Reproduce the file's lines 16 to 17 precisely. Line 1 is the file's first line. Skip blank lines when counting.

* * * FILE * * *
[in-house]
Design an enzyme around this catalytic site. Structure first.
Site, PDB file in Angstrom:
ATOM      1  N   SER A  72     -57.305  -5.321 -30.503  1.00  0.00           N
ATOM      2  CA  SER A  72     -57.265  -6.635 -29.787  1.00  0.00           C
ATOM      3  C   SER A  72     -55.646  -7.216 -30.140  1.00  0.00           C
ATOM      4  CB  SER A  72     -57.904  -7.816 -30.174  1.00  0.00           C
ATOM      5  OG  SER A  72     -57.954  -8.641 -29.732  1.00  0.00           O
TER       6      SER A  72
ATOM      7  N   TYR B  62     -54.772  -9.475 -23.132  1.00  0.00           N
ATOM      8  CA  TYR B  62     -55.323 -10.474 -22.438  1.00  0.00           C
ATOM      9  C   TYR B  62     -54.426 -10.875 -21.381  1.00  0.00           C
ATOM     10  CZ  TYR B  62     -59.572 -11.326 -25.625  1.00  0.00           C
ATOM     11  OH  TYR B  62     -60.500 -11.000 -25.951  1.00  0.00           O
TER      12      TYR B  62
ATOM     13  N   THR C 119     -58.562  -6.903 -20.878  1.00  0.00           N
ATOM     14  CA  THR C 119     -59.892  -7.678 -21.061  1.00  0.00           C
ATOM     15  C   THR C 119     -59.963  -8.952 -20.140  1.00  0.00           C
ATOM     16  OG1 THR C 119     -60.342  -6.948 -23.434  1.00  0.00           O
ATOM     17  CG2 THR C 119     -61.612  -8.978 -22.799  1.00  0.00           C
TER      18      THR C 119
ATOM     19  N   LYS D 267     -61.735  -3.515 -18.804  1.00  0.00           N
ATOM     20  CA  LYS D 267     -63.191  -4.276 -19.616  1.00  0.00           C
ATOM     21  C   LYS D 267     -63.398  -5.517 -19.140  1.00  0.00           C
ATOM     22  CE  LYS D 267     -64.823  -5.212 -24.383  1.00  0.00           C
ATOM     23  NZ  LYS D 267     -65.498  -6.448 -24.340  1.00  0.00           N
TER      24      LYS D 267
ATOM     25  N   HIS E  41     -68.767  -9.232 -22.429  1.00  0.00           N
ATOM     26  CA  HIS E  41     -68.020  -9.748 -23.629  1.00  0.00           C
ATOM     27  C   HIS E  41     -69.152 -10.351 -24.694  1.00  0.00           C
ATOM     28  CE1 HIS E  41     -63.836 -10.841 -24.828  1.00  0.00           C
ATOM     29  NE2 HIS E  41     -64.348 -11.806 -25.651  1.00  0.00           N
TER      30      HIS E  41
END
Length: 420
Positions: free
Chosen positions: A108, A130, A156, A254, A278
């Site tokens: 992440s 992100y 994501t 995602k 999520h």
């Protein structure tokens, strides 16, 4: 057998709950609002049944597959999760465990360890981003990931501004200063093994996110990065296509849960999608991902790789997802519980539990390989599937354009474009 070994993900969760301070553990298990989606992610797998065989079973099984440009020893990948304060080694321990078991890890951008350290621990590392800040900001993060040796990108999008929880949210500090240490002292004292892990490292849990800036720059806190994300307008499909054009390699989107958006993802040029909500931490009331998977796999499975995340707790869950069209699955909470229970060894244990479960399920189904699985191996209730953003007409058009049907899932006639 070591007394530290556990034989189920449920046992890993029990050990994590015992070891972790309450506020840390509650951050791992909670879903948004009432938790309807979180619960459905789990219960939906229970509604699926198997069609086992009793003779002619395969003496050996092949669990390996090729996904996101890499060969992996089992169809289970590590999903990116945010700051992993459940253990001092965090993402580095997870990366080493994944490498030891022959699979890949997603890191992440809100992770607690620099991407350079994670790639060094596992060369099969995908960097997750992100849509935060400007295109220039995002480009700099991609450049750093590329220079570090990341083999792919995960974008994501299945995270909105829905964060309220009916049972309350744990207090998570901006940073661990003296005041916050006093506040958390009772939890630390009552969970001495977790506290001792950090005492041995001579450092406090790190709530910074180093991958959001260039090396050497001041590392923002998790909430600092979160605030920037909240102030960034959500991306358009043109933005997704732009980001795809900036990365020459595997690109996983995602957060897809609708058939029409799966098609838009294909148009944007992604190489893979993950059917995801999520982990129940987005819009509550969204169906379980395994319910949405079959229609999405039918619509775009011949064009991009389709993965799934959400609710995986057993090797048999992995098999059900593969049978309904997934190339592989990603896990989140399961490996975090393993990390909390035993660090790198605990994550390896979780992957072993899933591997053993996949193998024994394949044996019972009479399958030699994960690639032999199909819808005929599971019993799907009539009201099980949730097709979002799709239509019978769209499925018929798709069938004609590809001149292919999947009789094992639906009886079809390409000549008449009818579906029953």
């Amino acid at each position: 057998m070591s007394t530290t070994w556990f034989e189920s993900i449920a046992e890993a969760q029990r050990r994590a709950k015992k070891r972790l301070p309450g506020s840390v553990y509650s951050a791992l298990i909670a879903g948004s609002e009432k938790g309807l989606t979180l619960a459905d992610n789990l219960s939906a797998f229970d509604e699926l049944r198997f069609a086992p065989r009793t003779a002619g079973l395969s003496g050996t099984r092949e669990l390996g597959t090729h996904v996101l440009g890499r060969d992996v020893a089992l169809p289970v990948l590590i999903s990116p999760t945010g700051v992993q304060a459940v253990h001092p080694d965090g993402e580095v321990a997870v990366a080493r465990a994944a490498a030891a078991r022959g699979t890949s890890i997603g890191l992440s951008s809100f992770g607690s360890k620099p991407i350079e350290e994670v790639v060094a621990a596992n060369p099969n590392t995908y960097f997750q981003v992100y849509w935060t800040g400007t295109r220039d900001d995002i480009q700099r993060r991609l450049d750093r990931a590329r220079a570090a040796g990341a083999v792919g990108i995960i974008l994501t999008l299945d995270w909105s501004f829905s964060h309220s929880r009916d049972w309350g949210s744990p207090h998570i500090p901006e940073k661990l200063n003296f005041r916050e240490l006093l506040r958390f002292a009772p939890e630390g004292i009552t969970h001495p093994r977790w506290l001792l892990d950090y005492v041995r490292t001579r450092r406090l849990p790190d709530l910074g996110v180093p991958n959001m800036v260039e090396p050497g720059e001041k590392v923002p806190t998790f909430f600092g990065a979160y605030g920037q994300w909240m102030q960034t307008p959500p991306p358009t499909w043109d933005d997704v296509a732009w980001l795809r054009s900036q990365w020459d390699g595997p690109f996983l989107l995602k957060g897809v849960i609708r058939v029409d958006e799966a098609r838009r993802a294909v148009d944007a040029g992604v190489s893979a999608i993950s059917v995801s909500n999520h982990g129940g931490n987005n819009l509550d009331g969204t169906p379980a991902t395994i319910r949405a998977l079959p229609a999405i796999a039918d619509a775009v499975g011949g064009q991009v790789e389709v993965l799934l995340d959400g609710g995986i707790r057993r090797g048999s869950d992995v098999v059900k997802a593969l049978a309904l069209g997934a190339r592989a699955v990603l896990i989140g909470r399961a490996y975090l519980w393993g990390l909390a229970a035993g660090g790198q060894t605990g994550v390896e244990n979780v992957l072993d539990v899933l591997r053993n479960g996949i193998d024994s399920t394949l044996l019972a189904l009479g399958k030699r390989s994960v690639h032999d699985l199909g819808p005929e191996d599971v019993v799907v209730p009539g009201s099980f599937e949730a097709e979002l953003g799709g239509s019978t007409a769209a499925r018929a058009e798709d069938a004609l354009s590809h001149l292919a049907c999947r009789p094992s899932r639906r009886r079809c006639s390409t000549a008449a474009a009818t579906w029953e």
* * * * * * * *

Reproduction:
ATOM     13  N   THR C 119     -58.562  -6.903 -20.878  1.00  0.00           N
ATOM     14  CA  THR C 119     -59.892  -7.678 -21.061  1.00  0.00           C